Syria’s ‘Totalitarian’ Stance On Media

Syria’s leading independent human rights group, The National Organization of Human Rights in Syria issued it’s 2006 Annual Report in late-March. Among the highlights, according to an English-language translation provided to World Politics Review by the group’s spokesman Ammar Qurabi, was this assertion about media freedoms in Syria:

Press and media freedoms made no progress in Syria this year. Indeed, these freedoms saw a clear decline through systemizing the mono-dimension throughout all media sources, and returning to the usage of totalitarian approach in the detention of writers and journalists … Syrian authorities have full control over mass media such as television and radio, and such media are under severe censorship, which is why they lack creativity and credibility for the viewers who watched the foreign media. …The state guarantees the freedom of the press, of printing, and publication in accordance with the law. Yet all newspapers in Syria are state-run newspapers serving the ruling parties only to express their opinions and criticize the government policies and corruption.

The 132-page report, which has been cited by various organizations and Web sites in recent days but does not appear to be posted in full anywhere on the Internet, honed in on the arrest of renowned 66-year-old journalist and activist Michel Kilo, and the fallout over the Damascus-Beirut Declaration, as a signature event of the year.

Between May 14 and 18, security agents arrested 12 signatories of the Damascus-Beirut Declaration, a petition which called for the normalization of Syria-Lebanon relations. Those arrested were key civil society activist and intellectual Michel Kilo; writer and human rights activist Nidal Darwish, a member of the Committee for the Defense of Liberty and Human Rights; prominent human rights lawyer Anwar al-Bunni; Atassi Forum member Muhammed Mahfouz; Mahmoud Muri’, a member of the Arab Human Rights Organization; Mahmoud Issa, a member of the Communist Action Party; Ghaleb Amar, a member of the Socialist Arab Democratic Union and human rights activist; Kurdish Future Movement leader Khalil Hussein; National Democratic Front activist Suleiman al-Shummar; Communist Action Party member Muhammed Safwan Tayfour; Abbas Abbas, an activist from the town of Musiaf; and Khaled Khalifa, who was reportedly arrested on the basis of mistaken identity. Abbas and Khalifa were released one day after their arrest, according to local and international human rights organizations.The other 10 men faced five charges of the criminal code, including weakening the national morale, awakening sectarian rows, and publishing false news that might affect the state’s dignity. According to local and international human rights organizations, Bunni, Darwish, and Mahfouz were beaten a number of times by state security agents during their initial detention, prior to their transfer to Adra prison. In mid-July Muri’, Darwish, Tayfour, and Amar were released on bail after publishing a statement saying they had not signed the Declaration. In September Mahfouz, Issa, Hussein, and Shummar were also released on bail. Issa was then re-arrested on October 23. At year’s end no trial dates had been set for any of the 10 men.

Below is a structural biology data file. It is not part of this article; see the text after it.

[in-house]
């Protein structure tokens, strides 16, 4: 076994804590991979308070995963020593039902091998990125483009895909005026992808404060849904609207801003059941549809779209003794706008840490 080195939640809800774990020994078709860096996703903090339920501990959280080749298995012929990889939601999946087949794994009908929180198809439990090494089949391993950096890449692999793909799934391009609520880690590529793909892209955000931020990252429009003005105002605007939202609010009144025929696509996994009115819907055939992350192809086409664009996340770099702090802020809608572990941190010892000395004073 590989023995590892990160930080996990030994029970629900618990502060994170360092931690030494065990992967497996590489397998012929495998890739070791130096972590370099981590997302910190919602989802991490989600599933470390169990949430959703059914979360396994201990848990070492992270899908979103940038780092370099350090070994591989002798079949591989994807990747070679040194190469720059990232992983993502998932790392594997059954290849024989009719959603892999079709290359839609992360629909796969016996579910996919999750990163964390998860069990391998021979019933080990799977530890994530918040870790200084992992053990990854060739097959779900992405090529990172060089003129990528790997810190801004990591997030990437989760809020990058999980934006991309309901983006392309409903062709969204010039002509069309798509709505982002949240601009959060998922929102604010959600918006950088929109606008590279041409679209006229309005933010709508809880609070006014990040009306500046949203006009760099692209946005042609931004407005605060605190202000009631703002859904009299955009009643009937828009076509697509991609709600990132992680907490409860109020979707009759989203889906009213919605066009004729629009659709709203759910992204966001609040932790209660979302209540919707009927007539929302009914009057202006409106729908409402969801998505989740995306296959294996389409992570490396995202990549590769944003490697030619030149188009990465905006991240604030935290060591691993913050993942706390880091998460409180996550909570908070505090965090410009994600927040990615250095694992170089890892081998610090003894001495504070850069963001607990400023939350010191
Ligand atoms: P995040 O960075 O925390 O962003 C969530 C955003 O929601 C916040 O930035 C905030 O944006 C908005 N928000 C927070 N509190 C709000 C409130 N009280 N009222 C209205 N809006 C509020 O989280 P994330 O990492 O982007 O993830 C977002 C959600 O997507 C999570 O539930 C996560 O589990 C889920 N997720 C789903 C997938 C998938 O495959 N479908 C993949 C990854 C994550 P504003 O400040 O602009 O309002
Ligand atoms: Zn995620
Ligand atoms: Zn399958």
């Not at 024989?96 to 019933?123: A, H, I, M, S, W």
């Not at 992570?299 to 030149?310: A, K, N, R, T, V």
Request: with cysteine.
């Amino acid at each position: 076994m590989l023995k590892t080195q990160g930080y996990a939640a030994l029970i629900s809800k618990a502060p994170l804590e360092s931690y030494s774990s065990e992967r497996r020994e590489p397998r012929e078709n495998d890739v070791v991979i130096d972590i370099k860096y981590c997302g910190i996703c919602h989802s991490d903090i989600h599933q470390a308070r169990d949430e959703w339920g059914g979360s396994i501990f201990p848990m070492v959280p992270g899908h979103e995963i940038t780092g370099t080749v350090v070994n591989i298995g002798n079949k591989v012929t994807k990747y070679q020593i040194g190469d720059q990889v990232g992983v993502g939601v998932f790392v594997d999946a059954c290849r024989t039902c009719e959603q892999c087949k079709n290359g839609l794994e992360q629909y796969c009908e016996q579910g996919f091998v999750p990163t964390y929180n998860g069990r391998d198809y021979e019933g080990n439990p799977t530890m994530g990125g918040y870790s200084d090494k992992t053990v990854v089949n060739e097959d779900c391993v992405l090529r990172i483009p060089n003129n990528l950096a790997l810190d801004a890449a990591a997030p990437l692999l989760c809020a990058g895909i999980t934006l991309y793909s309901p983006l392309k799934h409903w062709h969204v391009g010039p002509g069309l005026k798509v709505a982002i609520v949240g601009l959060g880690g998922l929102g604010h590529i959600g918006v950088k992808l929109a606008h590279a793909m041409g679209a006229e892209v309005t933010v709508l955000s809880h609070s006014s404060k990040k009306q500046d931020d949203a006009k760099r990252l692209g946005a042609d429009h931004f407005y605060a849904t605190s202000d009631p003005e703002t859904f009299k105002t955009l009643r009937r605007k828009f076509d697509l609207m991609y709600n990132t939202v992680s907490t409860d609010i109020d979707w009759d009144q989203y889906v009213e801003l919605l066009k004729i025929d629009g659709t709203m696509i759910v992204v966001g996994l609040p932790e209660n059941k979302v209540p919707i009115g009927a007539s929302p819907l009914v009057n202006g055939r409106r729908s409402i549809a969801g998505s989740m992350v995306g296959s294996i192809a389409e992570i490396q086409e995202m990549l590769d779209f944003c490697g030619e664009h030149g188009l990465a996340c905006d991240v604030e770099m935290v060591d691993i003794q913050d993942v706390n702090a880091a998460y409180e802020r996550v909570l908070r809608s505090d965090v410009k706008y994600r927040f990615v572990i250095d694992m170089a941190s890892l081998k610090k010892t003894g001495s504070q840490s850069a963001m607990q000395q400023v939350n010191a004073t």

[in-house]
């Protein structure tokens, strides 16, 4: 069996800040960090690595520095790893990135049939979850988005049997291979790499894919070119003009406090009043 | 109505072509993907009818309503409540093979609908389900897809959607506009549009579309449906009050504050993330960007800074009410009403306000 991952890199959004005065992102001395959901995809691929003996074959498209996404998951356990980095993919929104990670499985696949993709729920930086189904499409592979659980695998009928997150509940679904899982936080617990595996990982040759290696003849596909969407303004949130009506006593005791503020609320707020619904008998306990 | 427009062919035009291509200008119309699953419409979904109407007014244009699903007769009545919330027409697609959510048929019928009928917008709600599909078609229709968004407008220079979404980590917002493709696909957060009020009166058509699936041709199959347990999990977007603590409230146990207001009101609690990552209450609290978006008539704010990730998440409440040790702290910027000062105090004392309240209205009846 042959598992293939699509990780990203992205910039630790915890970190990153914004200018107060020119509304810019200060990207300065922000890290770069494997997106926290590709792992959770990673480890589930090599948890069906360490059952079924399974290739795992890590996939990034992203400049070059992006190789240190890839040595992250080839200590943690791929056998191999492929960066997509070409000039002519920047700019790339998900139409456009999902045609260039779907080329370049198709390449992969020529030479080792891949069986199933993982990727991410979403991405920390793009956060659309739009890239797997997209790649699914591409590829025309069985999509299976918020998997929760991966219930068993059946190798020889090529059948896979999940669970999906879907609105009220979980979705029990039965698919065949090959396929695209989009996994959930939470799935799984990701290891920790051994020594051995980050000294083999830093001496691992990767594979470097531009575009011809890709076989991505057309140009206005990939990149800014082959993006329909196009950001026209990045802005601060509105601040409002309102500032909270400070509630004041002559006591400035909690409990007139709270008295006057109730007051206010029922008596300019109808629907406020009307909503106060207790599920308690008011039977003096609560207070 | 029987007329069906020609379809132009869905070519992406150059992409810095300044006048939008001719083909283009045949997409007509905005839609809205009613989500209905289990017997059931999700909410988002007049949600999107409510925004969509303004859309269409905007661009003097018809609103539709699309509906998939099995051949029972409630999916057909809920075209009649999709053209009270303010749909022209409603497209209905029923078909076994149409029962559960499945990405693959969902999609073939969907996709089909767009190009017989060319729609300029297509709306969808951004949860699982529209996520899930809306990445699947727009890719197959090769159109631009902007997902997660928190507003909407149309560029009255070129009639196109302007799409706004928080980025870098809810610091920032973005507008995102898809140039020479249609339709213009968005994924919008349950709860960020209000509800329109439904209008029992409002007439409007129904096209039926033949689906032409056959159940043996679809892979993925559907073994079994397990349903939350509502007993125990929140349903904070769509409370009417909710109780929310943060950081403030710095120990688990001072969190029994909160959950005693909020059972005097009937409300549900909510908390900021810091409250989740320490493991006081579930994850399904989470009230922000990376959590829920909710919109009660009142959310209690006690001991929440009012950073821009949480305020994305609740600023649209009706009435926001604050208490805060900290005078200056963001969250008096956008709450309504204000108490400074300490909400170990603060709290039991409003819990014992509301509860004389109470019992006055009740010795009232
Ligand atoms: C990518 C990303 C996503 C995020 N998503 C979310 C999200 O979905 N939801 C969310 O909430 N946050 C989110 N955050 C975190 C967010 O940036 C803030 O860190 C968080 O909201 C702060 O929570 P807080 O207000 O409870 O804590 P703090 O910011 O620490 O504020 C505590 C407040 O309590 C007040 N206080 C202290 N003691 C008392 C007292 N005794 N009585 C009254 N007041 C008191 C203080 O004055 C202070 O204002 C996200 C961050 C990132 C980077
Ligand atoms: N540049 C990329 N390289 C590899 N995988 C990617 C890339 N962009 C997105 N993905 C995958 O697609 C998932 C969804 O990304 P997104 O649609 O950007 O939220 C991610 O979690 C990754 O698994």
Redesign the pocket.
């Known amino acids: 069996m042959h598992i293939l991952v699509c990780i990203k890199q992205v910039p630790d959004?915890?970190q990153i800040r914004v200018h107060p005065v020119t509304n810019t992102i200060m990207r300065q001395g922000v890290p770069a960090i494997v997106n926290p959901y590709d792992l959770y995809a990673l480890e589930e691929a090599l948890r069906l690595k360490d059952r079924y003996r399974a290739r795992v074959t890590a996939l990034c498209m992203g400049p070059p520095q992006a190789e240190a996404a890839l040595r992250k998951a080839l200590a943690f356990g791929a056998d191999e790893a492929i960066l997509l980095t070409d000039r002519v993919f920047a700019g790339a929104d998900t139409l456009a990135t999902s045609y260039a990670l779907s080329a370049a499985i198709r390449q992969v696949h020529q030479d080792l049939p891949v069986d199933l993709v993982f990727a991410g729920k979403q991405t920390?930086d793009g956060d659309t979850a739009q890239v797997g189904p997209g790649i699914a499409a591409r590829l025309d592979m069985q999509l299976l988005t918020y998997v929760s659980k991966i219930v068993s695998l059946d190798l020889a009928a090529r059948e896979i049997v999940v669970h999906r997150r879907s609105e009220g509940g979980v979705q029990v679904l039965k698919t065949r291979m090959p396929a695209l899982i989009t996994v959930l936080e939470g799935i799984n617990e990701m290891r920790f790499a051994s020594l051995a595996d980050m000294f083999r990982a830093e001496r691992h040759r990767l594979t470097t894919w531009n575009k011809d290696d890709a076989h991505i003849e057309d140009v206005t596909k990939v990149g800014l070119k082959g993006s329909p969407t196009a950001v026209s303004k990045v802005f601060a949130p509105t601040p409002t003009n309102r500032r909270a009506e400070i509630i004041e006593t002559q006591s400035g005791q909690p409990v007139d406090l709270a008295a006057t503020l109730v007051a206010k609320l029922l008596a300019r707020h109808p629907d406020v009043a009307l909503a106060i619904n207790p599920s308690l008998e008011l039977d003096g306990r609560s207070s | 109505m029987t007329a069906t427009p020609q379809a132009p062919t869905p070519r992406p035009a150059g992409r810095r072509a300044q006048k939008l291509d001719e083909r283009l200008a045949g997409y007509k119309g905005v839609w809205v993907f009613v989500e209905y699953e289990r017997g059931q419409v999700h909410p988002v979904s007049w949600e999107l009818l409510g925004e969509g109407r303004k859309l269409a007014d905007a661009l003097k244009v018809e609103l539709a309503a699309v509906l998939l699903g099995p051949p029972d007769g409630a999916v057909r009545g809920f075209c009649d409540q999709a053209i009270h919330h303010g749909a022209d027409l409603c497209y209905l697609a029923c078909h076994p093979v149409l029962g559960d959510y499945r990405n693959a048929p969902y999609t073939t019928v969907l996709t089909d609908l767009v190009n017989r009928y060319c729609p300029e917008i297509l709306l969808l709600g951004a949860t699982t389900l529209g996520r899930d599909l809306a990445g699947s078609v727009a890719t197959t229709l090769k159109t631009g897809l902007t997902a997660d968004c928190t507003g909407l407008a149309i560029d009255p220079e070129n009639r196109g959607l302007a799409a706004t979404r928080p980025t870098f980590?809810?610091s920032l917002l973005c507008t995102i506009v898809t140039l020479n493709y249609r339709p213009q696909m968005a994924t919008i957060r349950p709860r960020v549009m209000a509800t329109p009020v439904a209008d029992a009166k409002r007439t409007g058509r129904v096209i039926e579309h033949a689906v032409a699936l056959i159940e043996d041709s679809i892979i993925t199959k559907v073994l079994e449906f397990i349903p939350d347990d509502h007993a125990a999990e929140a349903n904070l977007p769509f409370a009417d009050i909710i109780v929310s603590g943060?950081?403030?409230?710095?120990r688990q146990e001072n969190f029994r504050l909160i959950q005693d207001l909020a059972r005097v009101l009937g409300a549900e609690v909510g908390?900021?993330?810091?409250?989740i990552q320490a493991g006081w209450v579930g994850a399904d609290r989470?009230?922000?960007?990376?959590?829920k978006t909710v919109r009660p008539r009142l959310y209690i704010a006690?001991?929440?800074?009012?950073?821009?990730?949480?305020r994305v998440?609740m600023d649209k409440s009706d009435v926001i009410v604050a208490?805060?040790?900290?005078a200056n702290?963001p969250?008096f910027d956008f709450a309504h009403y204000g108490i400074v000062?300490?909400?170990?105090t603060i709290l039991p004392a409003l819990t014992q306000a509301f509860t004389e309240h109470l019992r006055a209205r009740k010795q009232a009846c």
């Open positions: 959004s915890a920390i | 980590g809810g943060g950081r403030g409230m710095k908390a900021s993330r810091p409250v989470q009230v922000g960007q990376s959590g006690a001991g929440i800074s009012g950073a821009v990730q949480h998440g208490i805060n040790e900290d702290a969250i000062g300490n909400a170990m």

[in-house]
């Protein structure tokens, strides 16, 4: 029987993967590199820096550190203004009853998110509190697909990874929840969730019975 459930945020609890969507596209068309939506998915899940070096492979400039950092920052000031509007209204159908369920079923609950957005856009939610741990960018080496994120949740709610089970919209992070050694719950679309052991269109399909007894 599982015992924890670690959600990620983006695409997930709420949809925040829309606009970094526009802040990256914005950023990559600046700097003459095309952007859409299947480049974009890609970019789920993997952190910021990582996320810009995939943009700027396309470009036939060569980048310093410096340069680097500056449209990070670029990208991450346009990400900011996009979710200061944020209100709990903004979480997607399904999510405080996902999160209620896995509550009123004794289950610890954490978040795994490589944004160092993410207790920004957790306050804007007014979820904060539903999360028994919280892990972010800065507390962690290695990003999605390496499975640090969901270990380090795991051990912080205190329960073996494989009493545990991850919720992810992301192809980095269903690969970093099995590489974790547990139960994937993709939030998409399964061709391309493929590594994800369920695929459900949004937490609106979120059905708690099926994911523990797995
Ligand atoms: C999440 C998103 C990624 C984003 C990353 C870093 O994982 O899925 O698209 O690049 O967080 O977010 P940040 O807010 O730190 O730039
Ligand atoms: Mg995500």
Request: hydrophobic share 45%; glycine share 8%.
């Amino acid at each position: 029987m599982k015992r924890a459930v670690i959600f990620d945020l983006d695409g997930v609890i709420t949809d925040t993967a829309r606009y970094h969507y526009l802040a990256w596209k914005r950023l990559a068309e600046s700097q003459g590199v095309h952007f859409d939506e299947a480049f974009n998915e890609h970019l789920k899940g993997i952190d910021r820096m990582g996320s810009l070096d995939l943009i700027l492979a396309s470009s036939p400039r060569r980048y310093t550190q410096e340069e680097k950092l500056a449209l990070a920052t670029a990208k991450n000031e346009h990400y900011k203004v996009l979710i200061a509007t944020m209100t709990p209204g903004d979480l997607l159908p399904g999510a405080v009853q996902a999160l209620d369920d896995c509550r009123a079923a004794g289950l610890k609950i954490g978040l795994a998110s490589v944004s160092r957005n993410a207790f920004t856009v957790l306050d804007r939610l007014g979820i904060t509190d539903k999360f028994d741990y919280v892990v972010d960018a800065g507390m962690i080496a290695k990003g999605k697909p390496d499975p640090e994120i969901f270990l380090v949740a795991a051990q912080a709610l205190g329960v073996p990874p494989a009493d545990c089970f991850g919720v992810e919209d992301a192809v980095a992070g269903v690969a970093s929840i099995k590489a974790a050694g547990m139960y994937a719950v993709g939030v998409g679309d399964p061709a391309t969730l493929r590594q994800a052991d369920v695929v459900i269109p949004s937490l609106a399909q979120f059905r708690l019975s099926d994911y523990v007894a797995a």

Kilo’s arrest has attracted worldwide attention, particularly from such groups as the Committee to Protect Journalists, which issued this decree calling for his release last May. Kilo did apparently appear in court in Damascus recently, according to this reflective March 25 piece about the security and media freedoms situation in Syria by The Toronto Star’s Middle East Bureau Chief Mitch Potter.

The National Organization on Human Rights in Syria report, meanwhile, came out about week before U.S. House Speaker Nancy Pelosi, Democrat, led a delegation to Damascus to meet with Syrian President Bashar al-Assad. Pelosi, who made the trip as Democrats and Republicans in Washington have been fighting over a Democrat-backed bill to set a time-line for a U.S. troop withdrawal form Iraq (which neighbors Syria), announced on April 4 that the Syrian leader was ready to hold peace talks with Israel, according to a report by Reuters.

Pelosi’s trip to Syria was criticized by the White House., a leading blog on Syria-related news, offered one perspective on the Pelosi trip, as well as background on the Beirut-Damascus Declaration.

UPDATE: Michael Young, the editorial page editor for the Beirut Daily Star, offered a different perspective on Pelosi’s trip in “When a Dilettante Takes on Hizbullah.”